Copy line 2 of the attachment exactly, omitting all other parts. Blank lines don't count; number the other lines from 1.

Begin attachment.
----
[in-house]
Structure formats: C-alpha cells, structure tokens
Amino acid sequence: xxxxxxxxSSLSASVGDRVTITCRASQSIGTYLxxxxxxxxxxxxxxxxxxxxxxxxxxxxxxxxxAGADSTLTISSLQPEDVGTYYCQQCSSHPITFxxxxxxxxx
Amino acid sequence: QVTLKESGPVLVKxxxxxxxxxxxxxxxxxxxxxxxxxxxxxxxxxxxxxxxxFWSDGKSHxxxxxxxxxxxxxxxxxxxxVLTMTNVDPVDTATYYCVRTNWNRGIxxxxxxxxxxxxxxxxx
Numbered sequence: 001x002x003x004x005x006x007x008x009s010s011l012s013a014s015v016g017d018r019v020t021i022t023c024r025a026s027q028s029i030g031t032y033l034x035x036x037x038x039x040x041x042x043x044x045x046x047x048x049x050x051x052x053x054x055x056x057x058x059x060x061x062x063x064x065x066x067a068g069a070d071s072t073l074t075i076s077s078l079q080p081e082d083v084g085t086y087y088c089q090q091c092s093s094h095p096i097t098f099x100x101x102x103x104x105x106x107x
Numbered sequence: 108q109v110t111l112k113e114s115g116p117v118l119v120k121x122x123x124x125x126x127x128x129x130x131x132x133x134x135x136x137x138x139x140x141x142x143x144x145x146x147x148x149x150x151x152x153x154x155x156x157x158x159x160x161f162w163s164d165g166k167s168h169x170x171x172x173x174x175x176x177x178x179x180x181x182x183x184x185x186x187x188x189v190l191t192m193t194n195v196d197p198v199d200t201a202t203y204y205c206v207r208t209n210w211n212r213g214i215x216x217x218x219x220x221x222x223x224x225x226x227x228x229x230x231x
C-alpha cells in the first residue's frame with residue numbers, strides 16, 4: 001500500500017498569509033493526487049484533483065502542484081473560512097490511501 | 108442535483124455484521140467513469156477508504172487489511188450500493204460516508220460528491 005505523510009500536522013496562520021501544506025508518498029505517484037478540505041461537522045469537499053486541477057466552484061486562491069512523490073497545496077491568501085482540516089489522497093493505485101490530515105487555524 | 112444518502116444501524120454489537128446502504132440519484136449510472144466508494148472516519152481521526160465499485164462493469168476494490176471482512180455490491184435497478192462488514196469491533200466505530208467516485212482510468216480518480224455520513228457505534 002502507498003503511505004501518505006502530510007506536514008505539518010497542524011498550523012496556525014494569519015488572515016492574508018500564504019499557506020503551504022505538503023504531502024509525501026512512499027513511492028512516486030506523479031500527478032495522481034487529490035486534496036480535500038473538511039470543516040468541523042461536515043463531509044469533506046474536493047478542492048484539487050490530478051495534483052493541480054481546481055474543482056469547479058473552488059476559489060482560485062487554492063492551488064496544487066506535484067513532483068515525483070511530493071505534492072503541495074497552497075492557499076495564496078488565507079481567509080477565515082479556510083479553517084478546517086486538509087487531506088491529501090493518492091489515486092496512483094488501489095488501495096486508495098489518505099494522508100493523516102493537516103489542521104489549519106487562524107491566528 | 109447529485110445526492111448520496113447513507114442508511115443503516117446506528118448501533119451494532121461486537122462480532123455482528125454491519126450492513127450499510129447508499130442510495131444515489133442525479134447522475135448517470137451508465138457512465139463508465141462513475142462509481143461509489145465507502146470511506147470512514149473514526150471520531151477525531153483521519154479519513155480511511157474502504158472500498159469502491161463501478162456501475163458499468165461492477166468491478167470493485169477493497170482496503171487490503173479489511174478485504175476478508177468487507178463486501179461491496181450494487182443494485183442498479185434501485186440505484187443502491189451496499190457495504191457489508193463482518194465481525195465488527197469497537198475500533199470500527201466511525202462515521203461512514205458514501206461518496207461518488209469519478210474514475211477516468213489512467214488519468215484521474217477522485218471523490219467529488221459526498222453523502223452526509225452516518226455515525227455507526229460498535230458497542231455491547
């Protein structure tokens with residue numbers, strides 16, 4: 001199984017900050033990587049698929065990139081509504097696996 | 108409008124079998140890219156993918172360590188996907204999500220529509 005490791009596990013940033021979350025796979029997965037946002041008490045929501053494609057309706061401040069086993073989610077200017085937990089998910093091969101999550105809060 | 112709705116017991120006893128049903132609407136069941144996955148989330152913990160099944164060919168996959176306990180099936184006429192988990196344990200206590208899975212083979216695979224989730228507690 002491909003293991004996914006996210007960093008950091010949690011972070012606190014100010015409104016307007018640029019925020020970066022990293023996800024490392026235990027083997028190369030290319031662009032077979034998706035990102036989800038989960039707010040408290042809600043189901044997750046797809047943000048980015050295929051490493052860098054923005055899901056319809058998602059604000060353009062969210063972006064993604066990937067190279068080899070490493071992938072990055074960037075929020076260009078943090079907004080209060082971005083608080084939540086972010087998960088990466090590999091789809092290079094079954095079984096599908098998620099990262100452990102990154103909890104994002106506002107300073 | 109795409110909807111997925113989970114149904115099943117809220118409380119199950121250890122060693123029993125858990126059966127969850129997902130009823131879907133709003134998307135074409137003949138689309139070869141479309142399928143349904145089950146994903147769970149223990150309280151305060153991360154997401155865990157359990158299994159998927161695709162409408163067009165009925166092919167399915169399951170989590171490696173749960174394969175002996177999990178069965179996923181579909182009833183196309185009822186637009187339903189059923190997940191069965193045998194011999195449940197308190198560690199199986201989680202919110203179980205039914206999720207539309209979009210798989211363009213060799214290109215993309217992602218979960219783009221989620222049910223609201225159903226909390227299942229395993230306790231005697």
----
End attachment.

Structure formats: C-alpha cells, structure tokens